From: [email protected]
Date: Thu Mar 15 2001 - 00:43:11 PST
this is a common question, which is not taught at school.
The answer is simple: a generator excites an electromagnetic wave at the source
side of the transmission line. The electromagnetic
waves follow the wires of the line and propagate at the speed of light in the
medium. However, there is more! As the electromagnetic
waves propagate along the wires of the line (or lines) the electromagnetic waves
are scattered by the wires. The wires are good conductors
and they will react to the propagating fields and currents/charges will be
set-up on (and in) the surface of the conductors. The reason for
this is that the boundary condition at conductors need to be satisfied: the
tangential electric field at the conductors is zero (for perfect
conductors - PECs). So the incoming or incident field produces a scattered
field, which is generated by surface currents/charges in order
to fulfil the boundary conditions. This process continues indefinitely:
So the overall picture is this: as the electromagnetic fields propagate along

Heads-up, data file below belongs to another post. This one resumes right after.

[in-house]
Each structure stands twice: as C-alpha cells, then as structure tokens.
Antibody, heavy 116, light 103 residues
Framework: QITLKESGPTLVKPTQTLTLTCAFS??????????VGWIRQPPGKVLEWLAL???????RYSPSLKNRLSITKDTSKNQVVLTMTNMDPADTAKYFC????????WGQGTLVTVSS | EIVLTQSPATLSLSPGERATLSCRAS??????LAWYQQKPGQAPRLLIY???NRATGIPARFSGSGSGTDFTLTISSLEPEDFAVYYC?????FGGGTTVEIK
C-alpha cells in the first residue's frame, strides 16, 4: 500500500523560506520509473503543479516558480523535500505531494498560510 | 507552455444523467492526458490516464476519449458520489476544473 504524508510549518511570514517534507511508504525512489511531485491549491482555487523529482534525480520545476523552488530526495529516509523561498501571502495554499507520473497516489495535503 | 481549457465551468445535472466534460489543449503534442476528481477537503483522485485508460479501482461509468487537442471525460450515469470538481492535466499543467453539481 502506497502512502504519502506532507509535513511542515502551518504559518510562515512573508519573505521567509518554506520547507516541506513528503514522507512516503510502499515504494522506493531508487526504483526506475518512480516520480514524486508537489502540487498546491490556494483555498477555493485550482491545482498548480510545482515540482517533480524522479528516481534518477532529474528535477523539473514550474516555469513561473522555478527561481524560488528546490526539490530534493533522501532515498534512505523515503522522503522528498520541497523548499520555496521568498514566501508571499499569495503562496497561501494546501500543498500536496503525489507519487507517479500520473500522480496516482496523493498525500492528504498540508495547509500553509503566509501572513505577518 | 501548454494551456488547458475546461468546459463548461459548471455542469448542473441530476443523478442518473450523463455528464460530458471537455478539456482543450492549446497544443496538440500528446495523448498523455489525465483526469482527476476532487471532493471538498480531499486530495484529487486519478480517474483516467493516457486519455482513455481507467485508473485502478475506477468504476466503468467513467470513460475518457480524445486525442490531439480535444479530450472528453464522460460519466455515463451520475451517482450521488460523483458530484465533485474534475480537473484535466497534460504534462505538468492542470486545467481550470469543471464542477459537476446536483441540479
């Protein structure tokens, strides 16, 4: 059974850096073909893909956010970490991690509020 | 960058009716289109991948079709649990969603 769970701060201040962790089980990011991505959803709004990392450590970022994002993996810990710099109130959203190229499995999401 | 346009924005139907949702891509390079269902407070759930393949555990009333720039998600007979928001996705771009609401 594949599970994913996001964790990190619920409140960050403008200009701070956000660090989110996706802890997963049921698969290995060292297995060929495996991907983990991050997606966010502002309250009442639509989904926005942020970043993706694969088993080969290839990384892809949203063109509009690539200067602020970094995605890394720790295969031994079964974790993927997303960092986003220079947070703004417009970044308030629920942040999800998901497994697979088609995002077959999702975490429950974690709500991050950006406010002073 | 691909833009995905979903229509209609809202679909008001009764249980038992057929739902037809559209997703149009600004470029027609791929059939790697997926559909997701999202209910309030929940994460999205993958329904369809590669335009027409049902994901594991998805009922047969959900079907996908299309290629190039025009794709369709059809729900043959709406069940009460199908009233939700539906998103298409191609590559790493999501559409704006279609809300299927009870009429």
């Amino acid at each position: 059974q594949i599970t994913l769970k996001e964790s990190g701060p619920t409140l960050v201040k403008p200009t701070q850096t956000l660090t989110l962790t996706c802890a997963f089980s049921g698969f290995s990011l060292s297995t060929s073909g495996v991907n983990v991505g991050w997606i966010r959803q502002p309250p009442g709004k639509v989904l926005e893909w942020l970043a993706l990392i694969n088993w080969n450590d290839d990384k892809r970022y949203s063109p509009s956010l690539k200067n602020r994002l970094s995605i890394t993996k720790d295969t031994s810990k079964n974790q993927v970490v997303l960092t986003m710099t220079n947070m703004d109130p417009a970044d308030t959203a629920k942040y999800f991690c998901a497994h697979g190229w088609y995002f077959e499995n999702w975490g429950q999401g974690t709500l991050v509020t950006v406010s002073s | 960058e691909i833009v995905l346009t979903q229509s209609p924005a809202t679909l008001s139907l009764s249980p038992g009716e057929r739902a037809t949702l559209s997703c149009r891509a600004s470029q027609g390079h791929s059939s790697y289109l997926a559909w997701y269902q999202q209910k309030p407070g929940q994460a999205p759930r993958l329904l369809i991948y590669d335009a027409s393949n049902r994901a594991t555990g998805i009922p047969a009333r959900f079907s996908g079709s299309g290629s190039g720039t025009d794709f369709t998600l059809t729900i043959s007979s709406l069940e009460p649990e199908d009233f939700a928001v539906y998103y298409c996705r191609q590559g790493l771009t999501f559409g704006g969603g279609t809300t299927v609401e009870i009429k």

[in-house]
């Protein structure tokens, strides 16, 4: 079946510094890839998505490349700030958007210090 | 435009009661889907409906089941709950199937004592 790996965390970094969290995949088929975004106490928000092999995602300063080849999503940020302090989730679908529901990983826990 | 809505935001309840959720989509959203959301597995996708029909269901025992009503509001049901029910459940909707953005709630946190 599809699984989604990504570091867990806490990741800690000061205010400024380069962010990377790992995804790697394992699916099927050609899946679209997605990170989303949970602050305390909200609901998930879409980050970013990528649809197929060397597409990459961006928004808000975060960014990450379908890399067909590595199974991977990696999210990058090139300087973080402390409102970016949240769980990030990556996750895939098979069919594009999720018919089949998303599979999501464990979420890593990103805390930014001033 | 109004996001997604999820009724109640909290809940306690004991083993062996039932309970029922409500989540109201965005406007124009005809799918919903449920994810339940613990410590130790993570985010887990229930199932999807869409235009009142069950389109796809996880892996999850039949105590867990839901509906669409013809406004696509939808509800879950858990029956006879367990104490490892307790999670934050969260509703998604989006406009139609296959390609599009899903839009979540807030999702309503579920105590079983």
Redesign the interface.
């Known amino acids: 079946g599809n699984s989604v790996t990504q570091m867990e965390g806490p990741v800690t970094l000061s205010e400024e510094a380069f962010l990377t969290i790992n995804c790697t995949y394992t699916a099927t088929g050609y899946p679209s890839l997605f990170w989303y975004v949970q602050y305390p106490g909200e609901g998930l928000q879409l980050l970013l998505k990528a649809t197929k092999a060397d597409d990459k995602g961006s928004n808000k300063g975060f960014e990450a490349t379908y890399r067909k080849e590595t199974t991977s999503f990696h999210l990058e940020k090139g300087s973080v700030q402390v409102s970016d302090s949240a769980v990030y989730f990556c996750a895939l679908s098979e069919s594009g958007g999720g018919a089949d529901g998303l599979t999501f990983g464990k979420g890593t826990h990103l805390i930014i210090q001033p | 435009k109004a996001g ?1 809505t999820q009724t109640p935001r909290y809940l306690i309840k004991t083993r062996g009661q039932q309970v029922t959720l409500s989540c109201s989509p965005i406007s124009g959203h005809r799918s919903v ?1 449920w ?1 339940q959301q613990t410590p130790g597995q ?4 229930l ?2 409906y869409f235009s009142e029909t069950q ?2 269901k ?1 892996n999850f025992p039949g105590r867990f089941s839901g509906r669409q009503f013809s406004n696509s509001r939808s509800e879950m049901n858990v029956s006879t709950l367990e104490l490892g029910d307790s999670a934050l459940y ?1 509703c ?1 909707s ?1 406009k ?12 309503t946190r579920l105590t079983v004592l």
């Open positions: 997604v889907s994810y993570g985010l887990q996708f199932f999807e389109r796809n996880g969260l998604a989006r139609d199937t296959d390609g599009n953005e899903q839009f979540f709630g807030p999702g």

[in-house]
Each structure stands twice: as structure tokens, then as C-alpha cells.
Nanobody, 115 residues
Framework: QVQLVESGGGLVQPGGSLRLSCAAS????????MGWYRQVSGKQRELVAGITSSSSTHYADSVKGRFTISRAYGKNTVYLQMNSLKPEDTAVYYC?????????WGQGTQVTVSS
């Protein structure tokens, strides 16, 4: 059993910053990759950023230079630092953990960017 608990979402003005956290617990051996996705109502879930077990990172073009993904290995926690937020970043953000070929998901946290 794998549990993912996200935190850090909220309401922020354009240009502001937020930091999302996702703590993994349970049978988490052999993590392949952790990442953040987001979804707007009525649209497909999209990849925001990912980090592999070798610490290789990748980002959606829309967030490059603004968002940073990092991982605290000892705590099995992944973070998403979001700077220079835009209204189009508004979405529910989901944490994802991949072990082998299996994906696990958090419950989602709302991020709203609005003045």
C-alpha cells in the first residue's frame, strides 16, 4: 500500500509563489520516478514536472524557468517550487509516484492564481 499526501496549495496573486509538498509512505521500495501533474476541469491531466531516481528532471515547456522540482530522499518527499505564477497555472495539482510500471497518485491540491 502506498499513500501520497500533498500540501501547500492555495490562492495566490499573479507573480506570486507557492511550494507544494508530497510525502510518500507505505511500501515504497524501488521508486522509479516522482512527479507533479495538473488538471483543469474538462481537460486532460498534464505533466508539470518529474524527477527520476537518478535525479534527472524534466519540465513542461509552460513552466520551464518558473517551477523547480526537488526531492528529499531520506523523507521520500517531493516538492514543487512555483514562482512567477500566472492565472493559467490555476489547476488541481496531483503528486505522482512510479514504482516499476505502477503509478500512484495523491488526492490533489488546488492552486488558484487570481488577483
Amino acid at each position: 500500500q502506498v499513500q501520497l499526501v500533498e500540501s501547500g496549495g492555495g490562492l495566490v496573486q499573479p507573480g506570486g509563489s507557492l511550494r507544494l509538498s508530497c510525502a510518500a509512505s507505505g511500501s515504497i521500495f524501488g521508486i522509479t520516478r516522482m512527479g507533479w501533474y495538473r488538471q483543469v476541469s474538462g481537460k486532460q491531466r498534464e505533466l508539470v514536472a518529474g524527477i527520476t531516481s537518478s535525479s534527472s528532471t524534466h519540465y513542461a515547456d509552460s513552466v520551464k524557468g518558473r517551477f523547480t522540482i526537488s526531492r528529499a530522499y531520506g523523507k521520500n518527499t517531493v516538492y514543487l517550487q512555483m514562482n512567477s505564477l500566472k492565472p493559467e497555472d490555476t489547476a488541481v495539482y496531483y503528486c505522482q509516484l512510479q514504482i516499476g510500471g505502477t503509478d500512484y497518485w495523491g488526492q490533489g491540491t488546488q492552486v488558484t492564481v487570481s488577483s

the transmission line they build up currents at the speed of
which they propagate along the line, it is not that the currents speed along the
line at high speeds! Actually the speed of DC current is, as
you quote, a fraction of cm/s or even mm/s. The speed of current depends on the
how the charges propagate through the lattice of the
conductor and this is rather slow!
The misconception here is the electrical model of the transmission line: it uses
capacitance and inductance to represent the wave
propagation. However, the only reason that this works is that the LC circuit
model is similar in appearance to the electromagnetic wave
model, that is, the differential equations of the LC model are similar to the
differential equations of the electromagnetic wave propagation.
Unfortunately, this link is not explained in most courses on electromagnetic
I have a nice analogy (thanks to prof. Catrysse of the KHBO Oostende). The
electromagnetic fields are like sound, the transmission line
is like a pipe in which the sound waves travel. The currents are like vibrations
of the pipe wall. The sound waves travel in the pipe and
make the pipe wall jiggle as they pass.
Hope this helps.
[email protected]@[email protected] on 03/15/2001 06:02:56 AM
Please respond to [email protected]@INTERNET
Sent by: [email protected]
To: [email protected]@INTERNET
Subject: [SI-LIST] : Speed of electron & Speed of signal on the trace
I read one of the articles by Dr.Eric Bogatin of Bogatin enterprises.
He has mentioned that the signal moves down the trace/line at the speed of light
in the dielectric medium typically about
But there is a question why it moves so fast and is not the speed of the
electrons which is closer to 1cm/sec.
Expecting your comments.
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